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Europe’s largest economies are falling behind in English

Annabelle Timsit
A sticker reading, "We also speak English" hangs on a classroom wall.

Language might once have been a barrier but today it would be commonplace—barely noticeable, in fact—to hear a Dutchman in Japan asking his Russian waiter for a glass of water. That’s because, for better of worse, English has become the world’s lingua franca. But a new report shows that, in some of Europe’s leading economies, English proficiency appears to be declining.

Of the four largest economies in the euro zone, meaning France, Germany, Spain, and Italy, “only Germany speaks English well,” according to a report published today (Nov. 5) by EF Education First, a Swedish company based in Switzerland that manages more than 600 language schools across 50 countries. The report, which has been issued every year since 2011, analyzed the test-score data of 2.3 million people in 100 countries who took an EF standardized English test online in 2018. Countries were given a score on a scale from zero to 100, based on test-takers’ proficiency in reading and listening.

There are some concerns, as Quartz’s Nikhil Sonnad noted about last year’s report, about how representative the data it collects and analyzes is of the general population of each country. “The proficiency scores are based on free online tests, so the people taking them are self-selected,” he wrote, “They are not a representative sample of the country’s citizens, and may instead represent a group that is particularly interested in English and has access to the internet.” Even so, Sonnad says “it is the best dataset available for measuring English ability across countries.”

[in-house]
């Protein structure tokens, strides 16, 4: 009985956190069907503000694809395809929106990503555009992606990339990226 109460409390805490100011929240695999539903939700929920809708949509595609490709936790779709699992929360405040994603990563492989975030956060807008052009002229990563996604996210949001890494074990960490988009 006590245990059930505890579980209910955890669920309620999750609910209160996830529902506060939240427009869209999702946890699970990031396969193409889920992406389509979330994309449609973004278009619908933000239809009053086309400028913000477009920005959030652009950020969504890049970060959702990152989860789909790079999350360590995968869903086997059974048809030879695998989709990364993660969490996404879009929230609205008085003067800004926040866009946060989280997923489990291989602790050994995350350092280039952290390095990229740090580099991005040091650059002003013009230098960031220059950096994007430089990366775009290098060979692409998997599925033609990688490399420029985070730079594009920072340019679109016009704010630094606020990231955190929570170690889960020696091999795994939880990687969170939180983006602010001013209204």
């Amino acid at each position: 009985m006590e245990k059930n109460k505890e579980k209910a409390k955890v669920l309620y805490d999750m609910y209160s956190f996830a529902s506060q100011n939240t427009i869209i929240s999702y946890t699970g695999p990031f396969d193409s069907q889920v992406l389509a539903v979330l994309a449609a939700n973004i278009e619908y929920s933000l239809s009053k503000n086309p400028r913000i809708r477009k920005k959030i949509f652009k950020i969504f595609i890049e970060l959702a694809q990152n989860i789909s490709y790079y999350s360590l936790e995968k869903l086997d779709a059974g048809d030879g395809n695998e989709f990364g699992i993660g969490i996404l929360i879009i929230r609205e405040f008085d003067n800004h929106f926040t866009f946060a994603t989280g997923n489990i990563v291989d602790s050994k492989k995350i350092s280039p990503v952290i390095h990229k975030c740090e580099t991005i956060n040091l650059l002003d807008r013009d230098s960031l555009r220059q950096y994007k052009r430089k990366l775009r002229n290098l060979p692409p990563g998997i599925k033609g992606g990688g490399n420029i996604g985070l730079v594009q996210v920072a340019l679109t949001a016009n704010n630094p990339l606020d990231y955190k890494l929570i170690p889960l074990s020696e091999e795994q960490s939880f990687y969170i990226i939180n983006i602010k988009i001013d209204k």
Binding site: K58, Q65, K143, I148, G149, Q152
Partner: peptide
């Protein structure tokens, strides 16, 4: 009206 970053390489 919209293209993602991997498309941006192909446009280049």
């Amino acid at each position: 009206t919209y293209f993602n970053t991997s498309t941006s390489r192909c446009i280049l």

The new report says that “France, Spain, and Italy lag behind nearly every other [Eurozone] member state—a finding that has been consistent across previous editions” of the index. Out of 100 countries, France ranks 31st, Spain 35th, and Italy 36th. The three countries are in the “moderately proficient” category—along with countries like Costa Rica, Latvia, and Cuba—which means the average person there can do things like participate in English-language meetings about topics they know well, or understand song lyrics. And while “France has made modest gains over the past two years,” the report states that “English proficiency in Spain has been declining since 2014,” and Italy’s score has also decreased since last year.

The report draws a connection between a country’s level of English ability and its success on a range of development indicators, such as net income and productivity. This is not the first time that studies have shown a correlation between economic prosperity and bilingualism (pdf), but correlation doesn’t necessarily prove causation. Is it, as EF and others argue, that better English skills facilitate global trade and investment, which leads to growth and new jobs? Or is it that rich countries can invest more in bilingual education? Germany, for example, is ranked 10th and in the “very high proficiency” category. It is also one of the most successful economies in Europe. Which came first?

Both France and Spain already invest in bilingual education, which makes their relatively low score on EF’s English proficiency index worrying for policymakers. Some regions of Spain, for example, have worked with the British Council to make public primary and secondary schools bilingual, with a third of the curriculum taught in English. But critics say that the schools are under-staffed or staffed with teachers who have poor English skills themselves. The project “has so far had no measurable effect on adult English proficiency,” states EF. In a 2017 poll from Spain’s CIS state research institute (pdf)(link in Spanish), nearly 60% of respondents said they didn’t read, write, or speak English.

Meanwhile, France’s Emmanuel Macron, who has been known to pepper his speeches with English words, has pledged to invest in English education. One of his political allies, Benjamin Griveaux, who is running to be the next mayor of Paris, said his goal was for all Parisian children to be bilingual by the age of 16. And yet a recent government report (link in French) shows that, by the end of 9th grade, 75% of French teenagers can’t even produce a few “globally correct” English sentences. As the British like to say, the proof is in the pudding.

 

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